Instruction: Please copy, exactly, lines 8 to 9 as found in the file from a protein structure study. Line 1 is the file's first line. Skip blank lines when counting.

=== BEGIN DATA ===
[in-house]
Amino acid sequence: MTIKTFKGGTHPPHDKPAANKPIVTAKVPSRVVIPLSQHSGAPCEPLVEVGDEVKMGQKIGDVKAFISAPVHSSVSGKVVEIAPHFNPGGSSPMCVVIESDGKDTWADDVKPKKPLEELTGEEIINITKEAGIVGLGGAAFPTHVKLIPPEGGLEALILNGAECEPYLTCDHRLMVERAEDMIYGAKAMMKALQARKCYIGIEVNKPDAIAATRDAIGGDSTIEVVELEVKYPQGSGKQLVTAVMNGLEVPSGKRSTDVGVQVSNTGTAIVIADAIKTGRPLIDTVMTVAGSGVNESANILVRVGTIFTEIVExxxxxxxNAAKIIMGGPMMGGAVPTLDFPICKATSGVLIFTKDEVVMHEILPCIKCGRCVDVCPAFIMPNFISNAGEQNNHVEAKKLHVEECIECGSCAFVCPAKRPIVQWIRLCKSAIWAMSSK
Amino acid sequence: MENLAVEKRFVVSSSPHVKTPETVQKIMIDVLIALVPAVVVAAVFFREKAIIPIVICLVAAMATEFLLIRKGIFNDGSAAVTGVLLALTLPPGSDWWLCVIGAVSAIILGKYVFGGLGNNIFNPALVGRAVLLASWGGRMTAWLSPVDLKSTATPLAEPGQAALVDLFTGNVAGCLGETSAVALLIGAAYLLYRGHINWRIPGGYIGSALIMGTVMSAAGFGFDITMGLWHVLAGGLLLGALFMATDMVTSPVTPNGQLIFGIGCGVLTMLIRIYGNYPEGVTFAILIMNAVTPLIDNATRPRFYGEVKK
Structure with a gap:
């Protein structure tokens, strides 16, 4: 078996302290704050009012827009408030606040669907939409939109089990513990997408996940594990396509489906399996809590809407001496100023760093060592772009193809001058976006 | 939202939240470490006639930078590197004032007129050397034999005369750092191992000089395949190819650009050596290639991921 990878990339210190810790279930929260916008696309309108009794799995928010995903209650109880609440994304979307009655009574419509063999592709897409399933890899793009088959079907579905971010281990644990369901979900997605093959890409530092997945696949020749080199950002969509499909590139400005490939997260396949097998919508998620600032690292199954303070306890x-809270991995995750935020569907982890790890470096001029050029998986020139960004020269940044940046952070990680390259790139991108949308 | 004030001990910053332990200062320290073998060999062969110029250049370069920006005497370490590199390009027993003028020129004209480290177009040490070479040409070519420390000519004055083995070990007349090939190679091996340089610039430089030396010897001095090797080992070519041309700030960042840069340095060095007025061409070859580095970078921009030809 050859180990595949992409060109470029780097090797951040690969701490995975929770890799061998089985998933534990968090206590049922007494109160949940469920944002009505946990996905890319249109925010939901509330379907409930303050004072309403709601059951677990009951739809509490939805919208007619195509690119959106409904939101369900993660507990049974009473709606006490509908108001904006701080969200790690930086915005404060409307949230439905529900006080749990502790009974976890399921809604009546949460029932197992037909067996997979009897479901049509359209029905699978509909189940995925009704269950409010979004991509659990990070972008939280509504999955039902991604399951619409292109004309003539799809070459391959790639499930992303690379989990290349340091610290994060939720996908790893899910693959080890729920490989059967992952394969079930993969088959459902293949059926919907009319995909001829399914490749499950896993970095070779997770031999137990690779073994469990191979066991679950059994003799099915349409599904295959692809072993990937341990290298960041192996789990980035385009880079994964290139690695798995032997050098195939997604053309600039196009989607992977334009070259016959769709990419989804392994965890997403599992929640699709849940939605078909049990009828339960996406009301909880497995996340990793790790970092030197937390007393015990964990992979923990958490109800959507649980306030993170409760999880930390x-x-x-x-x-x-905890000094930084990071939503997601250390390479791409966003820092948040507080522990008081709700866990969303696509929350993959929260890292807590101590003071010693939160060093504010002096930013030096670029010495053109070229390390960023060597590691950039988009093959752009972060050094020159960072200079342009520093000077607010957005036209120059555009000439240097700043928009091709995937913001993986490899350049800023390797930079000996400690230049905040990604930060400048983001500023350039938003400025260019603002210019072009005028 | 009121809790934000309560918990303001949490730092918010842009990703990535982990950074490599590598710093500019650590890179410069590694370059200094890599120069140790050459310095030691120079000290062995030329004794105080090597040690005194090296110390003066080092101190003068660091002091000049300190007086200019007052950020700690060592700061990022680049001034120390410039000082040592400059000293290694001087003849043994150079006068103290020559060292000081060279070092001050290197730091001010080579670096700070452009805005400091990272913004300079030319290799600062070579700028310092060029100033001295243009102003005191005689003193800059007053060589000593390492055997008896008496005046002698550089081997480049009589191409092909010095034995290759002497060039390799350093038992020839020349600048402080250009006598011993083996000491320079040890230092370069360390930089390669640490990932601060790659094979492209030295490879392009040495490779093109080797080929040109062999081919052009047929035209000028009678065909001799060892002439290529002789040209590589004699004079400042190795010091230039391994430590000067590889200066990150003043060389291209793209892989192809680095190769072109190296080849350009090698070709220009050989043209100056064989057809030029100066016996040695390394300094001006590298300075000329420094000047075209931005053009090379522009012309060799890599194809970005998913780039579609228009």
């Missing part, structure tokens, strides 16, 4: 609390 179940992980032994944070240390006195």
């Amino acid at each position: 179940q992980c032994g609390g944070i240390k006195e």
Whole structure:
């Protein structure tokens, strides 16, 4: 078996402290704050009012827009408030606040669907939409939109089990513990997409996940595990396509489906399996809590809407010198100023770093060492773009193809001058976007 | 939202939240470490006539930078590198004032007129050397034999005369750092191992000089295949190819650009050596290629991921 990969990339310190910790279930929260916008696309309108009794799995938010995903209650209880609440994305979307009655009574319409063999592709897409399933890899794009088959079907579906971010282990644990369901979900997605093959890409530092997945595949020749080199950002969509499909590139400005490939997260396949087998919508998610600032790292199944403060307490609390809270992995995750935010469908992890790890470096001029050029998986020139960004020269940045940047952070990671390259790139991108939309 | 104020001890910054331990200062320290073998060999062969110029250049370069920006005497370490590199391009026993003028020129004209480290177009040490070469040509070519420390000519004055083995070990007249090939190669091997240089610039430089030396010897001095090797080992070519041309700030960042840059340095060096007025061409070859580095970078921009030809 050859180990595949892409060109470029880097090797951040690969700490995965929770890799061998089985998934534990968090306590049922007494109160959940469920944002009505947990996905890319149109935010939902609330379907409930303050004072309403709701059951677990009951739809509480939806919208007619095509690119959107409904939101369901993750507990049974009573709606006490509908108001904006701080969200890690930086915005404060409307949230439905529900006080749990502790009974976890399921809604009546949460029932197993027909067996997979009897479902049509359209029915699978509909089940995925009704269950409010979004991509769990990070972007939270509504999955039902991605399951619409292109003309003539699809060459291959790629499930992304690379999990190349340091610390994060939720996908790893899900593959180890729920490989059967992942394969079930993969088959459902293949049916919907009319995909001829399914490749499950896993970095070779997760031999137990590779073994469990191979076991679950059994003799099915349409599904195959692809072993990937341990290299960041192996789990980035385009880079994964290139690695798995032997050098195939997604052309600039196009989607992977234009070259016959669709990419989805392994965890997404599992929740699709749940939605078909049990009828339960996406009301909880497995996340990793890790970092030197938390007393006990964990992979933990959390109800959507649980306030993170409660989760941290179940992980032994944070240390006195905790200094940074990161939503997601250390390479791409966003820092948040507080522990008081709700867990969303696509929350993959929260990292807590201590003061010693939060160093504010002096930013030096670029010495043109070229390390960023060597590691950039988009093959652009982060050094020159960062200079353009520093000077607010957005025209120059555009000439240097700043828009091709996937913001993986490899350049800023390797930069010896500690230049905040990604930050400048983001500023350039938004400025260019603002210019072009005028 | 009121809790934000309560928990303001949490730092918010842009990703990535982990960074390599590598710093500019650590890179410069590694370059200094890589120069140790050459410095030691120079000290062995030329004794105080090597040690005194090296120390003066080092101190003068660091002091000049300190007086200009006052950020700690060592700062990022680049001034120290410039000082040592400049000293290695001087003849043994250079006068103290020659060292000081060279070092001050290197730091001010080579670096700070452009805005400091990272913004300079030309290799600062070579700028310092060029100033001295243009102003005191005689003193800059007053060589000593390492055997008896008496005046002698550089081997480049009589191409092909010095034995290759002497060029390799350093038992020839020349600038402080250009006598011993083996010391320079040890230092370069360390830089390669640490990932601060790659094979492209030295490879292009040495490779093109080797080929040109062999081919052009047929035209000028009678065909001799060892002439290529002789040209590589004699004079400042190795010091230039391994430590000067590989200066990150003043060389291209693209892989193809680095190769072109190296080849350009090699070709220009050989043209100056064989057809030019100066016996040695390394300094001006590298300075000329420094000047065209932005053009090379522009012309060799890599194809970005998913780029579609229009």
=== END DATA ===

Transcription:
Whole structure:
């Protein structure tokens, strides 16, 4: 078996402290704050009012827009408030606040669907939409939109089990513990997409996940595990396509489906399996809590809407010198100023770093060492773009193809001058976007 | 939202939240470490006539930078590198004032007129050397034999005369750092191992000089295949190819650009050596290629991921 990969990339310190910790279930929260916008696309309108009794799995938010995903209650209880609440994305979307009655009574319409063999592709897409399933890899794009088959079907579906971010282990644990369901979900997605093959890409530092997945595949020749080199950002969509499909590139400005490939997260396949087998919508998610600032790292199944403060307490609390809270992995995750935010469908992890790890470096001029050029998986020139960004020269940045940047952070990671390259790139991108939309 | 104020001890910054331990200062320290073998060999062969110029250049370069920006005497370490590199391009026993003028020129004209480290177009040490070469040509070519420390000519004055083995070990007249090939190669091997240089610039430089030396010897001095090797080992070519041309700030960042840059340095060096007025061409070859580095970078921009030809 050859180990595949892409060109470029880097090797951040690969700490995965929770890799061998089985998934534990968090306590049922007494109160959940469920944002009505947990996905890319149109935010939902609330379907409930303050004072309403709701059951677990009951739809509480939806919208007619095509690119959107409904939101369901993750507990049974009573709606006490509908108001904006701080969200890690930086915005404060409307949230439905529900006080749990502790009974976890399921809604009546949460029932197993027909067996997979009897479902049509359209029915699978509909089940995925009704269950409010979004991509769990990070972007939270509504999955039902991605399951619409292109003309003539699809060459291959790629499930992304690379999990190349340091610390994060939720996908790893899900593959180890729920490989059967992942394969079930993969088959459902293949049916919907009319995909001829399914490749499950896993970095070779997760031999137990590779073994469990191979076991679950059994003799099915349409599904195959692809072993990937341990290299960041192996789990980035385009880079994964290139690695798995032997050098195939997604052309600039196009989607992977234009070259016959669709990419989805392994965890997404599992929740699709749940939605078909049990009828339960996406009301909880497995996340990793890790970092030197938390007393006990964990992979933990959390109800959507649980306030993170409660989760941290179940992980032994944070240390006195905790200094940074990161939503997601250390390479791409966003820092948040507080522990008081709700867990969303696509929350993959929260990292807590201590003061010693939060160093504010002096930013030096670029010495043109070229390390960023060597590691950039988009093959652009982060050094020159960062200079353009520093000077607010957005025209120059555009000439240097700043828009091709996937913001993986490899350049800023390797930069010896500690230049905040990604930050400048983001500023350039938004400025260019603002210019072009005028 | 009121809790934000309560928990303001949490730092918010842009990703990535982990960074390599590598710093500019650590890179410069590694370059200094890589120069140790050459410095030691120079000290062995030329004794105080090597040690005194090296120390003066080092101190003068660091002091000049300190007086200009006052950020700690060592700062990022680049001034120290410039000082040592400049000293290695001087003849043994250079006068103290020659060292000081060279070092001050290197730091001010080579670096700070452009805005400091990272913004300079030309290799600062070579700028310092060029100033001295243009102003005191005689003193800059007053060589000593390492055997008896008496005046002698550089081997480049009589191409092909010095034995290759002497060029390799350093038992020839020349600038402080250009006598011993083996010391320079040890230092370069360390830089390669640490990932601060790659094979492209030295490879292009040495490779093109080797080929040109062999081919052009047929035209000028009678065909001799060892002439290529002789040209590589004699004079400042190795010091230039391994430590000067590989200066990150003043060389291209693209892989193809680095190769072109190296080849350009090699070709220009050989043209100056064989057809030019100066016996040695390394300094001006590298300075000329420094000047065209932005053009090379522009012309060799890599194809970005998913780029579609229009």